UCSD Officials Warn Students of SDSU Meningitis Outbreak

Photo courtesy of Jay Galvin. Link to photo license.

The office of Student Health and Well-Being at UC San Diego notified all students of a meningococcal disease outbreak at San Diego State University (SDSU) through an email sent on October 2.

According to San Diego County Public Health Officer Dr. Sayone Thihalolipavan, the SDSU campus outbreak occurred within a three-and-a-half month period, with three reported cases of meningitis. The first case was diagnosed in June 2018 and the last case in late September.

In September, at least 1,840 SDSU students were given antibiotic medicine as a preventative measure. The San Diego Union-Tribune reports that no connections were made between the three cases, and that none of the cases have been fatal.

Meningococcal disease is a bacterial illness that most commonly involves infection of the bloodstream or infection of the tissue lining the brain and spinal cord. Symptoms include fever, headache, stiff neck, nausea, vomiting, and confusion. All meningococcal diseases are transferable through mouth and respiratory secretions, such as sharing drinks or kissing.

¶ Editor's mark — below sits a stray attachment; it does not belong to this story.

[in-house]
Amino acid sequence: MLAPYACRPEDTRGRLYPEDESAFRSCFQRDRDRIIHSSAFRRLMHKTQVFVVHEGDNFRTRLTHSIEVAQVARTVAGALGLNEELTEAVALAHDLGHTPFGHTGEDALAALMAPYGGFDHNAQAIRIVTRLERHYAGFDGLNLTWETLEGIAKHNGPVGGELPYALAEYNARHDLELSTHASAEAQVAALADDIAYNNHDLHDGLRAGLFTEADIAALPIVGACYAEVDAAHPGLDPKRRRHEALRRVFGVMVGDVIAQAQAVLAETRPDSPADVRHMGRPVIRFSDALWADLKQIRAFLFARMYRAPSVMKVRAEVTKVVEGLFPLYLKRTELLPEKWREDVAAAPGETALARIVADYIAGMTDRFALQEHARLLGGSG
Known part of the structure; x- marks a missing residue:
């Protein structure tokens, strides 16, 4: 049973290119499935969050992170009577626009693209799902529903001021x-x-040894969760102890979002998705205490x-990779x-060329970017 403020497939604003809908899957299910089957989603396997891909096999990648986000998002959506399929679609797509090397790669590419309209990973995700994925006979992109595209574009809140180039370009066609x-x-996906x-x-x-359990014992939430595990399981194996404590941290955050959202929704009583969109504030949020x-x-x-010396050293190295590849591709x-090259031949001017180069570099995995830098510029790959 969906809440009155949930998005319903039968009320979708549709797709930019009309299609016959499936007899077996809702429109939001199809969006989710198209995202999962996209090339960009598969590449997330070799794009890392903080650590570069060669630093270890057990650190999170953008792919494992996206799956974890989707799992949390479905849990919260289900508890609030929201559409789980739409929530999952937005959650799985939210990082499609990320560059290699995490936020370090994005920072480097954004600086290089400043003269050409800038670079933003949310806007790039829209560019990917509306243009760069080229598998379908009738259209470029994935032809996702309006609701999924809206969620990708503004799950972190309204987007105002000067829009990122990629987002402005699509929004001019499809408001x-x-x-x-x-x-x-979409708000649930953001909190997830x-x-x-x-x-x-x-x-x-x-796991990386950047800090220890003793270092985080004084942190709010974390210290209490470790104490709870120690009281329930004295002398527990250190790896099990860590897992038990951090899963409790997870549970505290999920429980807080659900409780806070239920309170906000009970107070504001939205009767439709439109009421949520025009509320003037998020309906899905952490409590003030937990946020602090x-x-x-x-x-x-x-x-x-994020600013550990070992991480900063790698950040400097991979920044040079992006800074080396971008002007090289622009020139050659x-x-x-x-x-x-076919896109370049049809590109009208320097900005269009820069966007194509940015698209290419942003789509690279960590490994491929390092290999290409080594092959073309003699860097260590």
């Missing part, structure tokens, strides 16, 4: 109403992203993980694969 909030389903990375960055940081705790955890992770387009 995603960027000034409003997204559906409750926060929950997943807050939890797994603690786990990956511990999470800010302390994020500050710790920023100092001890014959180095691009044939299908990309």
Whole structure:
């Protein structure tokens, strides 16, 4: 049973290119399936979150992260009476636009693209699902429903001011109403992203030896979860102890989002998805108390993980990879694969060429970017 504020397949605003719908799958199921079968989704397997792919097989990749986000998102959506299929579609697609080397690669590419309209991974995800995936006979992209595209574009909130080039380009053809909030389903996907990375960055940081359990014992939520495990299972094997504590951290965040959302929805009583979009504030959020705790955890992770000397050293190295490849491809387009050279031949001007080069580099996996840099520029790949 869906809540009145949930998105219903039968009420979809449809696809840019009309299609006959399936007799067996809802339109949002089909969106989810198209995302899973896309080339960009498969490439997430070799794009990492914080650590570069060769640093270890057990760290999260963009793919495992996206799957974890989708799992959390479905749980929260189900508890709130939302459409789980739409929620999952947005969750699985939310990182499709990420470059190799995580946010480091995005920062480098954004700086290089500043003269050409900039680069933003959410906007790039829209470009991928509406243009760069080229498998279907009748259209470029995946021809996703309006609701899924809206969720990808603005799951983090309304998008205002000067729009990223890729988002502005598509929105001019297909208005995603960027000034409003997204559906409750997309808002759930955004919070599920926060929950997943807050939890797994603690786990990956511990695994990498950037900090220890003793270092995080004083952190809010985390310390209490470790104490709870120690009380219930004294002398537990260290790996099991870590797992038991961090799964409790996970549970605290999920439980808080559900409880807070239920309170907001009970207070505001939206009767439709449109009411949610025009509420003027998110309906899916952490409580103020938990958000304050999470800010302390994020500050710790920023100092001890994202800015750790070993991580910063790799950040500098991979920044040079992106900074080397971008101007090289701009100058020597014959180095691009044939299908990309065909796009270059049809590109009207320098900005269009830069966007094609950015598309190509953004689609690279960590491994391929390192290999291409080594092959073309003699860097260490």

This recent outbreak was caused by the serogroup B bacterial strain, which requires a newer vaccine that differs from those of other serogroups. Individuals at the highest risk of contracting serogroup B meningococcal meningitis are between 16 and 23 years old.

According to the email, Student Health Services (SHS) has yet to be contacted by any UCSD student who has contracted the disease. Vaccines for serogroup B meningitis are not usually recommended, except for cases involving certain medical conditions or by the recommendation of the Public Health Department.

Currently, no recommendation has been given by the San Diego Public Health Department for vaccinating students at UCSD.

Cynthia Leung is a Staff Writer for The Triton.